FlyTitle: Luxury cast-offs
Luxury groups ponder ways to get rid of their unsold inventory
EVERY FROCK sold by the likes of Gucci or Givenchy is billed as a must-have that season. But, it turns out, some are more must-have than others. For all the hype they generate, even leading fashion brands struggle to shift much more than half their wares at full price. Whom to sell to once fickle fashionistas have moved on to the next trend? The luxury world is desperately searching for new ways to find a worthy closet for this unwanted inventory.
Dealing with “end-of-season” merchandise is a particularly thorny problem for luxury brands. Offering discounts to offload ageing wares is a time-tested trick among retailers. But cutting prices to clear the shelves is a bad look for labels whose raison d’être is to exude exclusivity.
Chic brands used to bin last year’s garb quietly rather than sell them cheap. That changed after July 2018, when Burberry, a British purveyor of upscale macs, faced a furore as it disclosed having destroyed $38m of bling (it claimed incinerating them was a way of generating energy). France will ban the practice entirely by 2023.
Luxury groups are loth to reduce production, given that goods can be sold for ten times what they cost to make. But putting up “Sale!!!” signs is considered uncouth. Plus, says Luca Solca of Bernstein, a broker, “you have to weigh cash made from discounted sales with the damage done to the value of the brand.” Prada, a posh Italian label, said last year it would end all in-store discounts.
Some brands’ offerings are so timeless—a Hermès handbag, say—that seasonality is not an issue. Others manage to get rid of old stuff by offering discreet “sample sales” to staff and their friends. Many of the duds used to end up on the internet, sold cheaply on sites like Yoox and Saksoff5th.com (though labels now see more potential to sell online at full price).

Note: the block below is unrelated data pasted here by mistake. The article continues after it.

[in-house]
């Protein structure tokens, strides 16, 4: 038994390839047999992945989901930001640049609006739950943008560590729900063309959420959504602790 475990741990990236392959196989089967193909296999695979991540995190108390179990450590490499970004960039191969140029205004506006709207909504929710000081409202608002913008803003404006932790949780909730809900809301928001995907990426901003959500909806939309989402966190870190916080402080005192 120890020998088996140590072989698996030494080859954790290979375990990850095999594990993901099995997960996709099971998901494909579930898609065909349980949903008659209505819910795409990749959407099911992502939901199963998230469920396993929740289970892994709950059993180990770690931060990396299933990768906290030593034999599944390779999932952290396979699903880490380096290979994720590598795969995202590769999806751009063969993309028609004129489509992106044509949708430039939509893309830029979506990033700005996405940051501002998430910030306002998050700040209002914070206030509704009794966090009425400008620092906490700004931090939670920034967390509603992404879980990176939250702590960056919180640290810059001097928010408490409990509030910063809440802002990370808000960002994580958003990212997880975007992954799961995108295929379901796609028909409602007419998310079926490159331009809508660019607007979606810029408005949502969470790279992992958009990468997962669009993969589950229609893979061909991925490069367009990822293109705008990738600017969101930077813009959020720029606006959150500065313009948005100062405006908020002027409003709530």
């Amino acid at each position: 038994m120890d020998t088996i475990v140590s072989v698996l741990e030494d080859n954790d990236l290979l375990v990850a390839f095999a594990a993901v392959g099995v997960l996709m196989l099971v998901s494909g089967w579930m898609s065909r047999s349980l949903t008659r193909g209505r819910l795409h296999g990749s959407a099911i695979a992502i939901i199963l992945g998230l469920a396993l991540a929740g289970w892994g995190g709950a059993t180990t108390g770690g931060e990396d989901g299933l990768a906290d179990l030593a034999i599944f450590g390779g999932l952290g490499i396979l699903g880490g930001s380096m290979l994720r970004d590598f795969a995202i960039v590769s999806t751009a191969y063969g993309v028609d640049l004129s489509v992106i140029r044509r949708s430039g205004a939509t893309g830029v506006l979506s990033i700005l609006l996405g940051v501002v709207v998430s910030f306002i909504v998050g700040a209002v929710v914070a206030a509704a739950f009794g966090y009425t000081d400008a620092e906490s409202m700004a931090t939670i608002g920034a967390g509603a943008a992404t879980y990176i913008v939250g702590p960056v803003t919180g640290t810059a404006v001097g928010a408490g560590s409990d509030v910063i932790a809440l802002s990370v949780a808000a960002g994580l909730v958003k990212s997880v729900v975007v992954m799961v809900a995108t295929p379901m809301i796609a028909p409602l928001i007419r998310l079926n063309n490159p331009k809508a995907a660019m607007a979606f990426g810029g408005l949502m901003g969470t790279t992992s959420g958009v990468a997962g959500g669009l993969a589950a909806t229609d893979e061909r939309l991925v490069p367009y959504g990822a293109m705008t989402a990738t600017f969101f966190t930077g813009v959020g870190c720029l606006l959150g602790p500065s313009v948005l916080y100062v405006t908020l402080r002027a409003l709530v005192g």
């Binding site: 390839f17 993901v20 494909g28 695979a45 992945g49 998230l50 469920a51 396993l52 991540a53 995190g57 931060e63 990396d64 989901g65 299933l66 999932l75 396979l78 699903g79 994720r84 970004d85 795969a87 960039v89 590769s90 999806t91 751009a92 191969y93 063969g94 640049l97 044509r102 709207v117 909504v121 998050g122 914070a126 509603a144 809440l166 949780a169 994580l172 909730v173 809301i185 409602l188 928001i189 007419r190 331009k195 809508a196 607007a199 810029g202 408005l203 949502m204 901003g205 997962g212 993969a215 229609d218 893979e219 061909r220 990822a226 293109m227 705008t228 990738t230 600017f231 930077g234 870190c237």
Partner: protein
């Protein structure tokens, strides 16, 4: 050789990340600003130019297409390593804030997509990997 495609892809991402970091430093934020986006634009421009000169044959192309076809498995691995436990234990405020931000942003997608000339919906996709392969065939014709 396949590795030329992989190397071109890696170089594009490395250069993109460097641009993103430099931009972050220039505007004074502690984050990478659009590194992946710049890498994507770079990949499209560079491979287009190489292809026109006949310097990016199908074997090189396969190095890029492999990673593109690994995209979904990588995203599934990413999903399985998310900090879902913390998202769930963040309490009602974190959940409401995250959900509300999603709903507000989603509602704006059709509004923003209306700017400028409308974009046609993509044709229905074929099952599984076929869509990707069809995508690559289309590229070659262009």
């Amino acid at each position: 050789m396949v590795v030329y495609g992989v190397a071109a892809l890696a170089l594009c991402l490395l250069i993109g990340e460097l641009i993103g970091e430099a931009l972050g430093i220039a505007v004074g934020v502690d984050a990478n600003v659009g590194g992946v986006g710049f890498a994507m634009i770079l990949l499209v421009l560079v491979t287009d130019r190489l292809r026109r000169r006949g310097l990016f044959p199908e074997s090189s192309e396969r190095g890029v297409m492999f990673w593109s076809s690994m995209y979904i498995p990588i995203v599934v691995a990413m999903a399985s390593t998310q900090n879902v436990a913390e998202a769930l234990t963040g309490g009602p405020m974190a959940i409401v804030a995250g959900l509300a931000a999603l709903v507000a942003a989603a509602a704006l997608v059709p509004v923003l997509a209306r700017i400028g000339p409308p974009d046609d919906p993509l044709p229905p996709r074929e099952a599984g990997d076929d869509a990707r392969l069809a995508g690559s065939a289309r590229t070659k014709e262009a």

None of this will be enough to get rid of an outmoded collection—or diminish the pile of unsold items that analysts expect as a result of the coronavirus, which will force Chinese travellers to cancel shopping trips. To really shift stocks, brands now look to outdoor malls that group together “factory outlets”. The likes of Bicester Village, an hour’s ride from central London, resemble what a Chinese tourist thinks a quaint European village ought to look like, crossed with an airport shopping concourse. The shops are full of the stuff famous brands could not sell at full price elsewhere. Goods typically sell for 70% of high-street prices.
The concept is booming. Out of an estimated €281bn in personal-luxury sales last year, €37bn were in such physical off-price stores, according to Bain, a consultancy. The figure has shot up by 85% in five years. But using the outlets for anything beyond liquidating inventory—for example by stocking them with cheaper, second-tier collections—is a way to dent a brand’s cachet permanently, warns Mr Solca. Best to keep only the most questionable styles and weirdest sizes in stock, and to push a brand’s real aficionados to Regent Street or Avenue Montaigne.
Two things may come to the rescue of exasperated inventory liquidators. The first is the rise of second-hand-clothes sales online: expect to see many “used” frocks on offer that are in fact brand new. The second is “up-cycling”, when an unsold dress gets trimmed, combined and dyed into a new fabulous outfit. For luxury brands, these two trends are unmissable.■